Make mine a double! Caffeine and breastfeeding

This picture kinda reminds me of “the girls”… if you know what I mean…

“I’d like a skinny vanilla latté, extra foam extra whip cream!!” One of the first questions I get from a lot of nursing moms is, “when can I drink coffee again?!?” Some doctors don’t have a problem if moms drink one a ounce cup of coffee throughout the entirety of the pregnancy. Other moms because of risk factors are told not to have any until after the babies born. Whether you have coffee or not during your pregnancy, there are a few things to know before introducing it after your baby is born. The first is that it affects infants differently than adults. The following chart was taken from Kelly mom.com. It shows the half-life of caffeine in the bloodstream. I was surprised that Caffeine will stay in the bloodstream of the brand newborn for an average of up to five days!

Their sensitivity to caffeine decreases as they age. Signs of sensitivity are hyperactivity, difficulty sleeping or sleeping for long periods of time, jitteriness, irritability, and fussiness. If you drink coffee during your pregnancy, you might not see as much of an impact on activity levels in your baby if you continue to drink after birth. However if you have stained from college and your pregnancy, you may notice changes in your baby. Per Medications and Mother’s Milk (Hale 2017, p. 139-140) caffeine is in Lactation Risk Category L2 (safer); milk levels are quite low (0.06-1.5% of maternal dose) and usually peak 1-2 hours after ingestion. The American Academy of Pediatrics has classified caffeine as a “Maternal Medication Usually Compatible with Breastfeeding.” If you’re iron deficient or iron deficiency rubs in your family, be extra careful. One study indicated that chronic coffee drinking might decrease iron content of breastmilk (Nehlig & Debry, 1994). We actually routinely give caffeine directly to premature babies in our neonatal unit for lung stimulation!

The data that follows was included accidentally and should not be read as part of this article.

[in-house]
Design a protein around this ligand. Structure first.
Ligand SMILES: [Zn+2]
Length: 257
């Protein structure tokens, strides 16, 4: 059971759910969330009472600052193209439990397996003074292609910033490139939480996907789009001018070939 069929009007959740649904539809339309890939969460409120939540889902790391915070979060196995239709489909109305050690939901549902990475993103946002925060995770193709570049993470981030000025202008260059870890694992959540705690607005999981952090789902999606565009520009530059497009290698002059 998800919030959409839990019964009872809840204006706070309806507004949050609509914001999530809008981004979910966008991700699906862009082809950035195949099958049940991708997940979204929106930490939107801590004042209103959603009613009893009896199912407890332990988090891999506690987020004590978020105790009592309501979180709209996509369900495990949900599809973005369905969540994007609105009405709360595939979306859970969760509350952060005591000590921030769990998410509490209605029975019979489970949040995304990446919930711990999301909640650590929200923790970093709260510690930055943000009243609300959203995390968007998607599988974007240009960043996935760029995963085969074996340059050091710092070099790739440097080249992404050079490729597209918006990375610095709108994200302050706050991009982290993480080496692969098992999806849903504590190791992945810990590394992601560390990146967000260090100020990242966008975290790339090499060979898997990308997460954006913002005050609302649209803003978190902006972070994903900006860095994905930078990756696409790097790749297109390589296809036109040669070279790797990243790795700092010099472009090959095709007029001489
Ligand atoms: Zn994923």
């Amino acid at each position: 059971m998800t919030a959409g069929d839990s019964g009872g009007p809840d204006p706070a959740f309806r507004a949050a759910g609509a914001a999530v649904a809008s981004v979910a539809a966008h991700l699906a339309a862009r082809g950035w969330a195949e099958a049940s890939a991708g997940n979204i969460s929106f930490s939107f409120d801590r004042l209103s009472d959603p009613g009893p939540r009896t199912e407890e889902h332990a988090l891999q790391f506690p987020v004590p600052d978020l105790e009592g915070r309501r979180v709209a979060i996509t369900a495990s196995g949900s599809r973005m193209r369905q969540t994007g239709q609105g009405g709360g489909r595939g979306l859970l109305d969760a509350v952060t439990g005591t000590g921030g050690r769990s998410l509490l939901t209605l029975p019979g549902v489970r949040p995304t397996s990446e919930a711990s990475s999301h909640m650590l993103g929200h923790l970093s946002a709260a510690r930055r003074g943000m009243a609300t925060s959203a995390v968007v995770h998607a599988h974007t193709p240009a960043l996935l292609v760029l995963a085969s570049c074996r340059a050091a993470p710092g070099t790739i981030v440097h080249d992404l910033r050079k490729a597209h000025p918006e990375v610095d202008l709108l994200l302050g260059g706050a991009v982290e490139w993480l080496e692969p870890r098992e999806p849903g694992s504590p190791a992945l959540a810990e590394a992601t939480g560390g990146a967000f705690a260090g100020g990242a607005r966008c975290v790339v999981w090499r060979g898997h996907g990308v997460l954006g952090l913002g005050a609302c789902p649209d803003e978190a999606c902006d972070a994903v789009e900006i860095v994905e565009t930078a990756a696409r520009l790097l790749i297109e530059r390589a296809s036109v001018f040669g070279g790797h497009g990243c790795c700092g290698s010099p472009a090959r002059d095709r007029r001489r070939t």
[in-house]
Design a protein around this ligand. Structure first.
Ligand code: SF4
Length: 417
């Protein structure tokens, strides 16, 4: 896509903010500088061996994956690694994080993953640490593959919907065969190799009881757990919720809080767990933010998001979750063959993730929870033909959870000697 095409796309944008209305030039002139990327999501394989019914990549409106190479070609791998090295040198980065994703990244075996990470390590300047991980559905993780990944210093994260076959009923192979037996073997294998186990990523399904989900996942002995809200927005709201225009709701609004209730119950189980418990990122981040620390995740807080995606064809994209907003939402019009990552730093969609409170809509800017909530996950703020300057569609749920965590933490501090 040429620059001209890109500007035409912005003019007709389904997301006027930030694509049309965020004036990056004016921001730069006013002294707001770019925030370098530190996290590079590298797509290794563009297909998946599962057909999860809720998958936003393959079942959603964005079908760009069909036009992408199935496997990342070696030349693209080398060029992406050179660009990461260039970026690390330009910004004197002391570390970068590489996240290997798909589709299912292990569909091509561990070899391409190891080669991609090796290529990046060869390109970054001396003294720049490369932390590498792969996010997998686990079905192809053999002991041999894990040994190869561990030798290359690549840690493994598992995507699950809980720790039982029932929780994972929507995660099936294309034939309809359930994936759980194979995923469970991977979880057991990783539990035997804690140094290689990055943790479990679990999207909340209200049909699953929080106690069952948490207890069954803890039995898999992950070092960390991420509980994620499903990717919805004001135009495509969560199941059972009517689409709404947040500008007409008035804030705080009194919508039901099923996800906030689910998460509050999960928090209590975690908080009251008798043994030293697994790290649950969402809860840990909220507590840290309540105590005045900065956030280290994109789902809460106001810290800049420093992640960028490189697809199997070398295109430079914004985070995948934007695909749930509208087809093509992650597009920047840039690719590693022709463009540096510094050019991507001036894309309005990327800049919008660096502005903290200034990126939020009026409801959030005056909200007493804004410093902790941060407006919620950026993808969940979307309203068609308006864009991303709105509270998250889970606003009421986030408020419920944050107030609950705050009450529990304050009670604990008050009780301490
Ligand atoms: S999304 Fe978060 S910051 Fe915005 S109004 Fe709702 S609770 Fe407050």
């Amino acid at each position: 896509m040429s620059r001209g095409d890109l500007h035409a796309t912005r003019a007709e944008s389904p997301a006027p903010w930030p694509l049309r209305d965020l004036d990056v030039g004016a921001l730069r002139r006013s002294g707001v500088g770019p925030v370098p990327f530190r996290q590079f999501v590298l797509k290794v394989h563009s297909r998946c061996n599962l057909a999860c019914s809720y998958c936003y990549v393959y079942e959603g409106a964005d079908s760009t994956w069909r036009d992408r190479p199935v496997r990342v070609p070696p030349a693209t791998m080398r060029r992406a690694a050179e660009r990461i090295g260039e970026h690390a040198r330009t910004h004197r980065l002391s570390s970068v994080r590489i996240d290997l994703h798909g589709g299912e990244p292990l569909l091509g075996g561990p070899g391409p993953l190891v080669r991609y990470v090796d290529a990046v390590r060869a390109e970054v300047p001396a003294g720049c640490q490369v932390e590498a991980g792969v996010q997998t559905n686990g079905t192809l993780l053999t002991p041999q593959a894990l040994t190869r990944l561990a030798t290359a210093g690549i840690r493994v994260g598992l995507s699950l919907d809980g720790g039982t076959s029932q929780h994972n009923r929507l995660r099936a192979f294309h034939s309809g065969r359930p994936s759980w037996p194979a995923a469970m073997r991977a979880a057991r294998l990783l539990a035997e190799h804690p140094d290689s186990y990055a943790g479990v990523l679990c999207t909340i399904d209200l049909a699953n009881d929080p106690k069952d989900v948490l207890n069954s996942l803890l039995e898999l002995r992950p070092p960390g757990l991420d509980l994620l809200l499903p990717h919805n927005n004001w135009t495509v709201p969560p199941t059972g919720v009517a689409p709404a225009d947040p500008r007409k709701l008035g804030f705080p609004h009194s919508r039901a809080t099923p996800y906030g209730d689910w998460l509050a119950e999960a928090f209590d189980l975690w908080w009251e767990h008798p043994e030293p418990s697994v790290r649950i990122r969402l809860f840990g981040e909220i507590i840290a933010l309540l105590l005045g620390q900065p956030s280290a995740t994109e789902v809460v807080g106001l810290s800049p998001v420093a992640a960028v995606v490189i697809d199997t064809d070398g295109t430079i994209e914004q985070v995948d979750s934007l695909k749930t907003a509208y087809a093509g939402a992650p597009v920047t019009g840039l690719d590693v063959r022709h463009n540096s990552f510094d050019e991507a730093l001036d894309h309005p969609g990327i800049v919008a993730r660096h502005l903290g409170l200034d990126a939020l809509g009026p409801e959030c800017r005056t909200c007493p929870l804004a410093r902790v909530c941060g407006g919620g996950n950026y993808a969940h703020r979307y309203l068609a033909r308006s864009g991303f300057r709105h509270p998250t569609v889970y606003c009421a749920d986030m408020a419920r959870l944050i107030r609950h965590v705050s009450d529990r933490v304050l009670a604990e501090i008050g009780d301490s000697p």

Remember caffeine isn’t just in coffee! Tea, soft drinks, sports/energy drinks (including the “sports water” products), some over-the-counter and prescription medications, and foods containing coffee or chocolate can also have caffeine!! I can’t have Haagen Daz coffee ice cream late at night because it keeps me up!!! Herbal products containing guarana/paullinea cupana, kola nut/cola nitida, yerba maté, or green tea also contain caffeine. Each food and liquid has varying amounts of caffeine. Different roasts of coffee and the way that the coffee is made also impacts caffeine level. Make sure to check the caffeine level you’re ingesting by serving size to see how much you’re getting!! According to Breastfeeding Answers Made Simple (Hale Publishing 2010, p. 521), excessive caffeine consumption by the mother (more than 750 mg per day) can result in a baby who shows signs of caffeine stimulation.

I typically recommend no more than one 8-ounce cup of coffee a day for nursing mothers (but as a note!! An 8-ounce Starbucks coffee has 250mg of caffeine while a non-gourmet brewed 8-ounce cup of coffee only has 120-160mg of caffeine!!!!!!) The important thing is to know your body and know your baby. Be informed of what you are putting into your body and what is going into your baby. Watch for how your baby reacts to that 1st cup of coffee and if you need to, cut out coffee for a little while longer or switch to decaf.

I personally have my one cup of Costa Rican drip coffee with almond milk every morning. If I’m really lucky, my husband will make me an Italian latte before I leave for work. I can only have one cup. The few times I’ve had a 2nd cup early afternoon, I am up all night. So far my daughter has never had a reaction to coffee. Although, I drink a cup of coffee through most of my pregnancy with the blessing of my midwife. As with anything you consume, if you have any concerns talk to your primary care physician or your pediatrician. You may still want to avoid the Unicorn Frap…

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